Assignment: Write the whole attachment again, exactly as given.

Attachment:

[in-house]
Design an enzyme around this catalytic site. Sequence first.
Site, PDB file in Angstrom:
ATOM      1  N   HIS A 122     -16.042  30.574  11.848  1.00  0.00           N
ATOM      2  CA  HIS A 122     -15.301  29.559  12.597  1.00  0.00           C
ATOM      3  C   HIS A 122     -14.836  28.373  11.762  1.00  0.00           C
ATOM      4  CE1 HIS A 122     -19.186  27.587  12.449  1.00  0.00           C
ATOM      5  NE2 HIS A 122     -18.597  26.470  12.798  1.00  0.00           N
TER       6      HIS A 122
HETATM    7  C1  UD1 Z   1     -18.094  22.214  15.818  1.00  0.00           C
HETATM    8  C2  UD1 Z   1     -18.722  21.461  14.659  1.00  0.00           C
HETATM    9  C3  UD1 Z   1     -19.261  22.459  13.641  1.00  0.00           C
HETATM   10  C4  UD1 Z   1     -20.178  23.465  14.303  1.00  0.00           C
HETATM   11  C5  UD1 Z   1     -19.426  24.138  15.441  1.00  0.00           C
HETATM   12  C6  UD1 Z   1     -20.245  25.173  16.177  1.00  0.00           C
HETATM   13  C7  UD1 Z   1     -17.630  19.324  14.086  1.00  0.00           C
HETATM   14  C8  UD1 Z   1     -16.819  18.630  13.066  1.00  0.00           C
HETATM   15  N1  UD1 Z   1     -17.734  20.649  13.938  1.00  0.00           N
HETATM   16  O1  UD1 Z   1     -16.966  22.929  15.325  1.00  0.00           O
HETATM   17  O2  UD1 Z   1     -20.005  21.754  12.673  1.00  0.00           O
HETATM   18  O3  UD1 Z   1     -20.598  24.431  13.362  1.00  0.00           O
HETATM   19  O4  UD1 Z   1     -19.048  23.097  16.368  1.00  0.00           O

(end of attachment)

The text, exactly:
[in-house]
Design an enzyme around this catalytic site. Sequence first.
Site, PDB file in Angstrom:
ATOM      1  N   HIS A 122     -16.042  30.574  11.848  1.00  0.00           N
ATOM      2  CA  HIS A 122     -15.301  29.559  12.597  1.00  0.00           C
ATOM      3  C   HIS A 122     -14.836  28.373  11.762  1.00  0.00           C
ATOM      4  CE1 HIS A 122     -19.186  27.587  12.449  1.00  0.00           C
ATOM      5  NE2 HIS A 122     -18.597  26.470  12.798  1.00  0.00           N
TER       6      HIS A 122
HETATM    7  C1  UD1 Z   1     -18.094  22.214  15.818  1.00  0.00           C
HETATM    8  C2  UD1 Z   1     -18.722  21.461  14.659  1.00  0.00           C
HETATM    9  C3  UD1 Z   1     -19.261  22.459  13.641  1.00  0.00           C
HETATM   10  C4  UD1 Z   1     -20.178  23.465  14.303  1.00  0.00           C
HETATM   11  C5  UD1 Z   1     -19.426  24.138  15.441  1.00  0.00           C
HETATM   12  C6  UD1 Z   1     -20.245  25.173  16.177  1.00  0.00           C
HETATM   13  C7  UD1 Z   1     -17.630  19.324  14.086  1.00  0.00           C
HETATM   14  C8  UD1 Z   1     -16.819  18.630  13.066  1.00  0.00           C
HETATM   15  N1  UD1 Z   1     -17.734  20.649  13.938  1.00  0.00           N
HETATM   16  O1  UD1 Z   1     -16.966  22.929  15.325  1.00  0.00           O
HETATM   17  O2  UD1 Z   1     -20.005  21.754  12.673  1.00  0.00           O
HETATM   18  O3  UD1 Z   1     -20.598  24.431  13.362  1.00  0.00           O
HETATM   19  O4  UD1 Z   1     -19.048  23.097  16.368  1.00  0.00           O